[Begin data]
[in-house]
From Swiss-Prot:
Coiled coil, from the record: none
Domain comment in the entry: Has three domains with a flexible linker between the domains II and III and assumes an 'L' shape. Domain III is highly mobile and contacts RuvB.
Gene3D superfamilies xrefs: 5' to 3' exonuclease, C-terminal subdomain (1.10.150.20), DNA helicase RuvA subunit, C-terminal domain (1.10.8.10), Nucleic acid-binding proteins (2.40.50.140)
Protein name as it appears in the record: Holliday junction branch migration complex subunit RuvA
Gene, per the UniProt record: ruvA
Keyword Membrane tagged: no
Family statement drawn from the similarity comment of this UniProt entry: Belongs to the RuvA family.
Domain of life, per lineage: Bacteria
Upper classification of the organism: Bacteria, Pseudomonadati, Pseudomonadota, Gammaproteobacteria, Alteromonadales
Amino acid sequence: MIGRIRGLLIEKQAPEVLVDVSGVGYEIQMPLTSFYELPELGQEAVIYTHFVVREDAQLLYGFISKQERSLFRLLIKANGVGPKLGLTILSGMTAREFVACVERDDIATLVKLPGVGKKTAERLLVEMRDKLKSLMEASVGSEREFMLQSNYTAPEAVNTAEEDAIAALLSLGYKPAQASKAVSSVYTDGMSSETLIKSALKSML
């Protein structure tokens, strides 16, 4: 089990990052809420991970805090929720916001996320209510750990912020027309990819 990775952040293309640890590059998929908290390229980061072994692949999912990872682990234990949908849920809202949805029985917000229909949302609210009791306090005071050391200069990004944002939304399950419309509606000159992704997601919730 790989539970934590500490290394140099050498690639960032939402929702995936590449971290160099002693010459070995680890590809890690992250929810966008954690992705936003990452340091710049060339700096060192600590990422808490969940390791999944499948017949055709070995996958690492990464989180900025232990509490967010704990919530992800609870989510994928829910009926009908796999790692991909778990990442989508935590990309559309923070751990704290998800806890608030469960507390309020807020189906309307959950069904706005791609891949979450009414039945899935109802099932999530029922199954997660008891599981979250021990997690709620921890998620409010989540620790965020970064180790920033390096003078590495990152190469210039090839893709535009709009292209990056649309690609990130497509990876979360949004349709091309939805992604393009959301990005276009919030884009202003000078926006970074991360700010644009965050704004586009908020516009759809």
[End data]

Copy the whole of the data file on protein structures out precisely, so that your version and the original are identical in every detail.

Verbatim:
[in-house]
From Swiss-Prot:
Coiled coil, from the record: none
Domain comment in the entry: Has three domains with a flexible linker between the domains II and III and assumes an 'L' shape. Domain III is highly mobile and contacts RuvB.
Gene3D superfamilies xrefs: 5' to 3' exonuclease, C-terminal subdomain (1.10.150.20), DNA helicase RuvA subunit, C-terminal domain (1.10.8.10), Nucleic acid-binding proteins (2.40.50.140)
Protein name as it appears in the record: Holliday junction branch migration complex subunit RuvA
Gene, per the UniProt record: ruvA
Keyword Membrane tagged: no
Family statement drawn from the similarity comment of this UniProt entry: Belongs to the RuvA family.
Domain of life, per lineage: Bacteria
Upper classification of the organism: Bacteria, Pseudomonadati, Pseudomonadota, Gammaproteobacteria, Alteromonadales
Amino acid sequence: MIGRIRGLLIEKQAPEVLVDVSGVGYEIQMPLTSFYELPELGQEAVIYTHFVVREDAQLLYGFISKQERSLFRLLIKANGVGPKLGLTILSGMTAREFVACVERDDIATLVKLPGVGKKTAERLLVEMRDKLKSLMEASVGSEREFMLQSNYTAPEAVNTAEEDAIAALLSLGYKPAQASKAVSSVYTDGMSSETLIKSALKSML
């Protein structure tokens, strides 16, 4: 089990990052809420991970805090929720916001996320209510750990912020027309990819 990775952040293309640890590059998929908290390229980061072994692949999912990872682990234990949908849920809202949805029985917000229909949302609210009791306090005071050391200069990004944002939304399950419309509606000159992704997601919730 790989539970934590500490290394140099050498690639960032939402929702995936590449971290160099002693010459070995680890590809890690992250929810966008954690992705936003990452340091710049060339700096060192600590990422808490969940390791999944499948017949055709070995996958690492990464989180900025232990509490967010704990919530992800609870989510994928829910009926009908796999790692991909778990990442989508935590990309559309923070751990704290998800806890608030469960507390309020807020189906309307959950069904706005791609891949979450009414039945899935109802099932999530029922199954997660008891599981979250021990997690709620921890998620409010989540620790965020970064180790920033390096003078590495990152190469210039090839893709535009709009292209990056649309690609990130497509990876979360949004349709091309939805992604393009959301990005276009919030884009202003000078926006970074991360700010644009965050704004586009908020516009759809």